Concept: Economic Community of West African States
The use of Ebola Convalescent Plasma to treat Ebola Virus Disease in resource constrained settings: A perspective from the field
- Clinical infectious diseases : an official publication of the Infectious Diseases Society of America
- Published over 5 years ago
The clinical evaluation of convalescent plasma (CP) for the treatment of Ebola Virus Disease (EVD) in the current outbreak, predominantly affecting Guinea, Sierra Leone and Liberia, was prioritized by the World Health Organization in September 2014. In each of these countries, non-randomized comparative clinical trials were initiated. The Ebola-Tx trial in Conakry, Guinea enrolled 102 patients by July 7, 2015; no severe adverse reactions were noted. The Ebola-CP trial in Sierra Leone and the EVD001 trial in Liberia have included few patients. While no efficacy data are available yet, current field experience supports the safety, acceptability and feasibility of CP as EVD treatment. Longer-term follow-up as well as data from non-trial settings and evidence on the scalability of the intervention are required. CP sourced from within the outbreak is the most readily available source of anti-EVD antibodies. Until the advent of effective antivirals or monoclonal antibodies, CP merits further evaluation.
At 6 a.m., our medical team arrives at the Ebola case-management center in the Kailahun district of Sierra Leone to take blood samples. At our 80-bed center here near the borders of Liberia and Guinea, 8 new patients were admitted yesterday, 9 need to have a repeat test 72 hours after their symptoms began, and some we hope to discharge today: at least 18 blood samples to obtain. The center currently houses 64 patients in all, 4 of them children less than 5 years of age. We have already seen 2 patients die today. I have been here for 7 . . .
In 1976, the first cases of Ebola virus disease in northern Democratic Republic of the Congo (then referred to as Zaire) were reported. This article addresses who was responsible for recognizing the disease; recovering, identifying, and naming the virus; and describing the epidemic. Key scientific approaches used in 1976 and their relevance to the 3-country (Guinea, Sierra Leone, and Liberia) West African epidemic during 2013-2016 are presented.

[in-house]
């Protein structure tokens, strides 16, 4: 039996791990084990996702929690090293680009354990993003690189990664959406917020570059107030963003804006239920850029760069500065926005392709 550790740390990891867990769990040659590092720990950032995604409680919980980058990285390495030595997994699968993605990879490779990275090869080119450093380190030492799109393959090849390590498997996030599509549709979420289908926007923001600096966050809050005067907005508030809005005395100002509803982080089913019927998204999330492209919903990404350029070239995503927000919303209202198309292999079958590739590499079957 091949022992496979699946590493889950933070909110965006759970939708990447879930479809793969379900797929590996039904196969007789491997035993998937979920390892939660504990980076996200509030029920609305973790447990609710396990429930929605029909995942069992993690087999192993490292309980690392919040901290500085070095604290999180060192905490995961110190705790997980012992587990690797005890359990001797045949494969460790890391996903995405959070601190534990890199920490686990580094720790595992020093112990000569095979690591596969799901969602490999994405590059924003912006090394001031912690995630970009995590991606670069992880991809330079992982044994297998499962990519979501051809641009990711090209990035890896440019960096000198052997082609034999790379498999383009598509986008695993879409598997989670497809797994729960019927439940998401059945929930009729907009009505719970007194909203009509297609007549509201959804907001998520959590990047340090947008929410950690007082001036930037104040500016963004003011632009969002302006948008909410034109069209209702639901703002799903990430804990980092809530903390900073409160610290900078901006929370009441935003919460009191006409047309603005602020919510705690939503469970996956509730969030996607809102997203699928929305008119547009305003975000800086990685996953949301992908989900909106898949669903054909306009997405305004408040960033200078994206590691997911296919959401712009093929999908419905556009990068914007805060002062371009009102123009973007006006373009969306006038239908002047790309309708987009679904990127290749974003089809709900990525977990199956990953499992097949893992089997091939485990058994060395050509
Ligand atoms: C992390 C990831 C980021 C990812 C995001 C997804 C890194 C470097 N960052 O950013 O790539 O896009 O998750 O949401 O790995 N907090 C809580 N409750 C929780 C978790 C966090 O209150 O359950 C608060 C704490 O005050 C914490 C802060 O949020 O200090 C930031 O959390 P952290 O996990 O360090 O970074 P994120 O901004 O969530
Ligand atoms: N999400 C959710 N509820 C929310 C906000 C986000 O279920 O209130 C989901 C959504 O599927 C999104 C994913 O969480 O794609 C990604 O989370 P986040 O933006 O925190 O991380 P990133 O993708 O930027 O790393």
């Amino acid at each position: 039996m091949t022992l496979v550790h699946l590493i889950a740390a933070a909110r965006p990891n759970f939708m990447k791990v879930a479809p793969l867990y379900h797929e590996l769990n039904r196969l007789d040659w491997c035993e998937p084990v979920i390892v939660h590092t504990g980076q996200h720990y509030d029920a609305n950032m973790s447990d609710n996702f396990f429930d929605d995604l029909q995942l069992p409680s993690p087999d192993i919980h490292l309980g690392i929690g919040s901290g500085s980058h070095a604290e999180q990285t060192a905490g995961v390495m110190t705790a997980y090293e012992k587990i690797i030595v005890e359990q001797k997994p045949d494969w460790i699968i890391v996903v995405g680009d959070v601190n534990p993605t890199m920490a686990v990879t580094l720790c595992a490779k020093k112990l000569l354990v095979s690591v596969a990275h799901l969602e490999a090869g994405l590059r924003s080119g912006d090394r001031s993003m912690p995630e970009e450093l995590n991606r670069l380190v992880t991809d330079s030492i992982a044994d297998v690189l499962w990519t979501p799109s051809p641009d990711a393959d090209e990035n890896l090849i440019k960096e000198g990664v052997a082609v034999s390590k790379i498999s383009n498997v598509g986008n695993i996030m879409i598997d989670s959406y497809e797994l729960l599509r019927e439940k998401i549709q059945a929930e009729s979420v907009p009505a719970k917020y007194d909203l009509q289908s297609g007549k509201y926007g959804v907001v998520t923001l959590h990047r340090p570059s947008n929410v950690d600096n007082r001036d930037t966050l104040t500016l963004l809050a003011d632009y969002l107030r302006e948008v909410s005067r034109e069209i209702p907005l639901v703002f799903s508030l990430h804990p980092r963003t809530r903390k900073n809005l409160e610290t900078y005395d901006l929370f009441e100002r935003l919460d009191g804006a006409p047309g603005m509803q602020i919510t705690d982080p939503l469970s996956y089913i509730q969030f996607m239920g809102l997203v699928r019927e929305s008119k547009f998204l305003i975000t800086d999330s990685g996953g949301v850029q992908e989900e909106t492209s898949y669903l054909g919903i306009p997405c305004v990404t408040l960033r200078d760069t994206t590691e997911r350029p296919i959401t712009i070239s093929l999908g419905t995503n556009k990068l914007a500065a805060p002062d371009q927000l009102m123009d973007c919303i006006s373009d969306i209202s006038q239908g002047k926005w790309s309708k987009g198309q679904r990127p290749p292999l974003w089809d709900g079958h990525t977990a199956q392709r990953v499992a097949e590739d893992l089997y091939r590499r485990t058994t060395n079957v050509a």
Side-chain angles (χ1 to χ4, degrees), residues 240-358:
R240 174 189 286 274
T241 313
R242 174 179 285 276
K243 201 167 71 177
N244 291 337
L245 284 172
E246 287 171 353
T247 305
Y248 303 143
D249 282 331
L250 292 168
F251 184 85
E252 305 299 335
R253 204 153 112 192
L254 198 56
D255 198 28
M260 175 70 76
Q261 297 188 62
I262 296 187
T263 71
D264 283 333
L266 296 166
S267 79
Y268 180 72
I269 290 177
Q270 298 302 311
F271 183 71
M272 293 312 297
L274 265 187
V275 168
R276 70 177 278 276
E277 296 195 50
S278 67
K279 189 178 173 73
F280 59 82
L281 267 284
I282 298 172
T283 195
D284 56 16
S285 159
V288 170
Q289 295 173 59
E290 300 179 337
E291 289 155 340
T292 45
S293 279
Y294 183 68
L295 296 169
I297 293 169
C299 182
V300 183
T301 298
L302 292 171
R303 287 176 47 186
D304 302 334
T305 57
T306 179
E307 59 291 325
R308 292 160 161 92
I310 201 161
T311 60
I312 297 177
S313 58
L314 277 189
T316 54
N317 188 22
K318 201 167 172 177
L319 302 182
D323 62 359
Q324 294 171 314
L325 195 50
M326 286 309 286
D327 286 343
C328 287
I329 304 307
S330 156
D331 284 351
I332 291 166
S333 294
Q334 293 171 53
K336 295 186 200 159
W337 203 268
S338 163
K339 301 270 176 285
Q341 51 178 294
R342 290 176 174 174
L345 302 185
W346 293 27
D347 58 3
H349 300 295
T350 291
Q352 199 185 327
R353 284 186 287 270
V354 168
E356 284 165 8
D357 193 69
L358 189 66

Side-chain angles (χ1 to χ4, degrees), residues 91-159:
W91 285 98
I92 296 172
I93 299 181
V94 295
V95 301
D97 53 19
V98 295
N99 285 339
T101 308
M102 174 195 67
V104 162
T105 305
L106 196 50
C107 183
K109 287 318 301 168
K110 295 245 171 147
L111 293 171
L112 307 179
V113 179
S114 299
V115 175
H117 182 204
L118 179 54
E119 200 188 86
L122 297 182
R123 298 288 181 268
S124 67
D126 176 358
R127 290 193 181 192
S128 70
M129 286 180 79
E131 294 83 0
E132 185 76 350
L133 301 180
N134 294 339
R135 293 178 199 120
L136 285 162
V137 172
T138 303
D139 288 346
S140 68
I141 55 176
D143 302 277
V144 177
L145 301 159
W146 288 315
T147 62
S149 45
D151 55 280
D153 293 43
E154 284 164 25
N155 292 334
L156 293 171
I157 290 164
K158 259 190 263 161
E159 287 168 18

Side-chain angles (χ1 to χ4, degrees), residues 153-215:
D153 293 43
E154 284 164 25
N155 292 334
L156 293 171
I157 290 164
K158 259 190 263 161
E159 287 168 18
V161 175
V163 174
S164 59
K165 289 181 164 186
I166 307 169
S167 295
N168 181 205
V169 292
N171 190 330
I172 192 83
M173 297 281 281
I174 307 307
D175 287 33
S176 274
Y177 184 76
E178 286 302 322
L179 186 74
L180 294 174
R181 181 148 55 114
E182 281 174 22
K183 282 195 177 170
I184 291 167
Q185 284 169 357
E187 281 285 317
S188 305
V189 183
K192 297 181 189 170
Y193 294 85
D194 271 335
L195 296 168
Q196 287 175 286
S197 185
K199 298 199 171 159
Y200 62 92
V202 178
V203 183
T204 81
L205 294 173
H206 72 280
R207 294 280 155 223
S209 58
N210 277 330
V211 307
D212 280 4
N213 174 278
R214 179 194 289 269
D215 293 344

Despite the building evidence on violence against children globally, almost nothing is known about the violence children with disabilities in low and middle-income countries (LMICs) experience. The prevalence of violence against children with disabilities can be expected to be higher in LMICs where there are greater stigmas associated with having a child with a disability, less resources for families who have children with disabilities, and wider acceptance of the use of corporal punishment to discipline children. This study explores violence experienced by children with disabilities based on data collected from four countries in West Africa- Guinea, Niger, Sierra Leone, and Togo.
As the most recent outbreak of Ebola virus disease (EVD) in West Africa continues to grow since its initial recognition as a Public Health Emergency of International Concern, an unanswered question is what is the cost of a case of Ebola? Understanding this cost will help decision makers better understand the impact of each case of EVD, benchmark this against that of other diseases, prioritize which cases may require response, and begin to estimate the cost of Ebola outbreaks. To date, the scientific literature has not characterized this cost per case. Therefore, we developed a mathematical model to estimate the cost of an EVD case from the provider and societal perspectives in the three most affected countries of Guinea, Liberia, and Sierra Leone. Our model estimates the total societal cost of an EVD case with full recovery ranges from $480 to $912, while that of an EVD case not surviving ranges from $5929 to $18 929, varying by age and country. Therefore, as of 10 December 2014, the estimated total societal costs of all reported EVD cases in these three countries range from $82 to potentially over $356 million.